While looking for something else I came across this World Health Organization publication from 2003. It summarizes adherence literature on a variety of chronic diseases, including HIV/AIDS. One of the addenda has a very good review of Health Behavior theories.
The post title (or here) links to the publication.
A key issue in the overview is whether health behavior theory has been fruitfully applied to actual intervention or support programs for people with chronic diseases. The authors bemoan the relative lack of theory in program design, and the almost complete lack of theory-testing per se., but do conclude that health systems must be more attuned to behavioral theory.
However, from my read it is not clear that current health behavior theory & research is actually good for much other than describing - rather than changing - health behaviors. In the actual trenches social learning theory and simple information + skills provision seems out front; more complex theories of perceived vulnerability, stages of change, attitude models and the like all seem like fluff when thinking about actual health systems in an international context.
One interesting trend I noted in this review and another, very similar recent one is how "cognitive" our HB theories are. Lots of belief formation, attitudes, vulnerability judgments, efficacy expectations, but not much emphasis on motivation (Deci & Ryan are not even cited in these reviews). The strong cognitive bias in HB theories seems to assume that people are already motivated, and just need direction or self-efficacy.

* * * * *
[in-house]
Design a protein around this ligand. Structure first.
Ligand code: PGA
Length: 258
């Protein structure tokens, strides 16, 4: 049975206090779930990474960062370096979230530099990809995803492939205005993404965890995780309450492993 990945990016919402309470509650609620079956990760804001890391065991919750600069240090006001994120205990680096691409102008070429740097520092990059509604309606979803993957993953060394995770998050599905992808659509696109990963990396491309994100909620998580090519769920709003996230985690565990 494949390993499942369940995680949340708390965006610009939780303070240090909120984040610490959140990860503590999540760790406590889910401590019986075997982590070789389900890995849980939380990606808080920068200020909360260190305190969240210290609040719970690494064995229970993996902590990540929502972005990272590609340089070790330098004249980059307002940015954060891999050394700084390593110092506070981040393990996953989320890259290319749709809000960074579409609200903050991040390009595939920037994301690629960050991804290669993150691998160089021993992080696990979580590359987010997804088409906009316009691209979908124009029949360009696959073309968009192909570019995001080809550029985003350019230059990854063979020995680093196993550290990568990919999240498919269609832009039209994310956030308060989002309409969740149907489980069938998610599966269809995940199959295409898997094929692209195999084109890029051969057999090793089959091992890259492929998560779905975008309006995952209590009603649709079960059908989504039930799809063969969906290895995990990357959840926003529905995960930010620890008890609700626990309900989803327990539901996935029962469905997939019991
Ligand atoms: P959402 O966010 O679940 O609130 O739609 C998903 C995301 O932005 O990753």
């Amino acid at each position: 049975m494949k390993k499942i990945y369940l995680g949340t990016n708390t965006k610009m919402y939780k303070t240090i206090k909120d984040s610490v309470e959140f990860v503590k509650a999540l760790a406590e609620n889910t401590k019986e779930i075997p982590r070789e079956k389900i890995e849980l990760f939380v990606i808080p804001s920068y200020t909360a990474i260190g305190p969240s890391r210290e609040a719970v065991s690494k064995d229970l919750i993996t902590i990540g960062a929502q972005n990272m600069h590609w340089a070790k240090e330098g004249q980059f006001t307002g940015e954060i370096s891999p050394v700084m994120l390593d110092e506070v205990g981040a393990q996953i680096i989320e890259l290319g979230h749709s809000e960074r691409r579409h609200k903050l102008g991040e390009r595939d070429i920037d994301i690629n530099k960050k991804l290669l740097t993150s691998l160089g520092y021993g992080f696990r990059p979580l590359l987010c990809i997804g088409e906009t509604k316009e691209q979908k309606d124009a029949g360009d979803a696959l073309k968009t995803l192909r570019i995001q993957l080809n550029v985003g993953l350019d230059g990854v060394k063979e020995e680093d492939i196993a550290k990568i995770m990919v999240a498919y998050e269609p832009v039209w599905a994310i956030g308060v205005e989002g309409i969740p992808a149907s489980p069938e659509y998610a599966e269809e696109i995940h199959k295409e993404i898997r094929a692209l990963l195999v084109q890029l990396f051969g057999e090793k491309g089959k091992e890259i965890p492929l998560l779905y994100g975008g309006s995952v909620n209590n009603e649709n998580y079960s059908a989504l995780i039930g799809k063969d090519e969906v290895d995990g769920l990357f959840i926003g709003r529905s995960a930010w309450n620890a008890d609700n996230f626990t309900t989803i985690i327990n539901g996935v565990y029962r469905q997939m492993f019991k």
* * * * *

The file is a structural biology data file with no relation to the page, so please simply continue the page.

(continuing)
As we keep finding out, when dealing with a public rather than clinical population motivation simply cannot be assumed. This is particularly the case for maintenance rather than initiation of behavior change.
The obvious path is the transition from extrinsic to intrinsic motivation that David F. is addressing in his paper. "How to motivate people" is really the core question: all the attitude and self-perception theories really just dance around this issue.
Self-determination theory is silent on how this happens, although Motivational Interviewing approaches do address it directly. It seems as though Carver's hierarchical perspective on values and goals may be relevant here: everyone (?) is intrinsically motivated to be healthy, but few are intrinsically motivated to actually get on a treadmill. The lower-level, more concrete behaviors that actually contribute to health are often extrinsically motivated, despite intrinsic motivation for the outcome.
The distinction between behaviors and outcomes is similar to what Eric is addressing in his dissertation in terms of high v. low levels of action identification. People must want not just to be healthier, but to actually exercise, eat dark green veggies, etc.
David F's paper, in process, will be addressing the transition from extrinsic to intrinsic motivation, for general and domain-specific self-schema (that is, larger values and actual behaviors). I would like us all to participate in that and make it more of a lab paper so we can collate more of our thoughts on these important topics.
David will send around a draft shortly. Everyone take a look at this overview and put on your thinking caps.